There is, in parallel, an indigenous data sovereignty movement which sits awkwardly alongside open data initiatives. While the former drives at the right of indigenous people to own and control data about their communities and land, the latter offers a compromise of sorts, allowing sustainable development of indigenous resources within the parameters of the state.
These different perspectives of data governance and, by extension, AI ethics offer a valuable tapestry of knowledge systems from which Southeast Asian countries could learn. They afford conceptual and policy options to the region in its pursuit of agency. More importantly, they prompt stakeholders to reflect more thoughtfully about how ancestral knowledge might be repurposed for a data-driven present and future.
Expand expert stakeholder engagement
Discussions on data and AI often involve scientists, industry, academics, policymakers, and lawyers. But interpreting data and minimizing related harms require broader lenses. Analyses could be contextually enriched and improved upon by having historians, linguists, community activists, philosophers, and religious leaders at the table.
Launch all-female hackathons
Done right, this exercise would not only encourage more girls to code and compete but afford a different, if not safer, space for participants to network and grow the community through mentorship. Of value would be the results from these hackathons that could highlight gendered perspectives in coding solutions for everyday applications. Research has shown that automatic captions are more accurate with male rather than female voices.239 Having women and girls hack these and other flaws could yield innovative fixes.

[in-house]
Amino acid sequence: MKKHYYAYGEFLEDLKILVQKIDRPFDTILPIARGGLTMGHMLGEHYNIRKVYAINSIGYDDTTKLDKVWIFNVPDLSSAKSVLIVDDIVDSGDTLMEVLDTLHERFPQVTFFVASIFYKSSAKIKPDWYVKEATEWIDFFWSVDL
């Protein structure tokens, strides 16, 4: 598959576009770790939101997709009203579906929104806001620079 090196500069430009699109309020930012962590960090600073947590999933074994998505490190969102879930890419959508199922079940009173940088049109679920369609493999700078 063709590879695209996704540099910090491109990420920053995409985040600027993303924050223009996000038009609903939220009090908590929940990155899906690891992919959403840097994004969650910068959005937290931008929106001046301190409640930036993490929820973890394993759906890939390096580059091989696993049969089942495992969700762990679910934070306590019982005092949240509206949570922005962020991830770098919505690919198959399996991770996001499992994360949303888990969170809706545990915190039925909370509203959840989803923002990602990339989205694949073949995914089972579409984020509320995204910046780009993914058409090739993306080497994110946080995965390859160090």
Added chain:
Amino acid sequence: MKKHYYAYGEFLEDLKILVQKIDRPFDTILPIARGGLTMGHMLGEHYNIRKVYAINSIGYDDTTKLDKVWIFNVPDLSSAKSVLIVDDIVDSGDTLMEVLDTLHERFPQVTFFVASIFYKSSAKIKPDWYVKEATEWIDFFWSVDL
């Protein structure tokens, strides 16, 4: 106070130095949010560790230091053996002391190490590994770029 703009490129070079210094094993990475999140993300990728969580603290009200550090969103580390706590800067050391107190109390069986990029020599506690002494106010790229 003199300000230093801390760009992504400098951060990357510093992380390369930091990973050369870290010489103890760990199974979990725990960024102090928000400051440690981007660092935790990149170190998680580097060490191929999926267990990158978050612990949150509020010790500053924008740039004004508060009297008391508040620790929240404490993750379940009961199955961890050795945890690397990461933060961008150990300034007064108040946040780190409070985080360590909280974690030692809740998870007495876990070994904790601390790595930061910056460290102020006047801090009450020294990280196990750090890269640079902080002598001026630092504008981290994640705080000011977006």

Introduce security- and dignity-by-design in education and training
Advancing a socio-technical approach to AI requires the integration of security and dignity at the very start of the AI development cycle. The concept of security-by-design has been widely adopted as a risk-management approach. Adding the consideration of dignity to the equation in engineering and computational science courses trains students to prioritize the user as a human being first, rather than as a disembodied consumer of technology.
Incorporating the dignity angle prompts a closer analysis of requirements, available data, and plans to mitigate the potential occurrence of harms.
Establish an AI bias bank
Generally, algorithmic bias is often attributed to computational factors like the quality or quantity of the datasets or the fairness of machine learning algorithms. But bias can also be the outcome of human and systemic factors or the culmination of all these factors. With the availability of off-the-shelf AI solutions, it is becoming easier for individuals and organizations to install applications without fully understanding their risks and harms.
Creating an algorithmic bias bank—a database of use-cases of how bias was produced in the past—can raise public consciousness about the risk, explain more simply how complex codes and algorithms may result in bias, and promote productive exchanges on how to prevent it. By creating space for conversations surrounding AI, the lack of knowledge as well as negative perceptions are mitigated, instilling public trust throughout the process.
237 Yen-Chia Hsu, Ting-Hao ‘Kenneth’ Huang, Himanshu Verma, Andrea Mauri, Illah Nourbakhsh, Alessandro Bozzon, “Empowering Local Communities Using Artificial Intelligence,” Patterns 3, no. 3 (2022), https://doi.org/10.1016/j.patter.2022.100449.
238 Exploring Legal Mechanisms for Data Stewardship, Ada Lovelace Institute and UK AI Council, London: Ada Lovelace Institute, March 2021, https://www.adalovelaceinstitute.org/report/legal-mechanisms-data-stewardship/.
239 Rachel Tatman, “Gender and Dialect Bias in YouTube’s Automatic Captions,” Proceedings of the First ACL Workshop on Ethics in Natural Language Processing (April 2017), Association for Computational Linguistics: 53–59, http://www.ethicsinnlp.org/workshop/pdf/EthNLP06.pdf.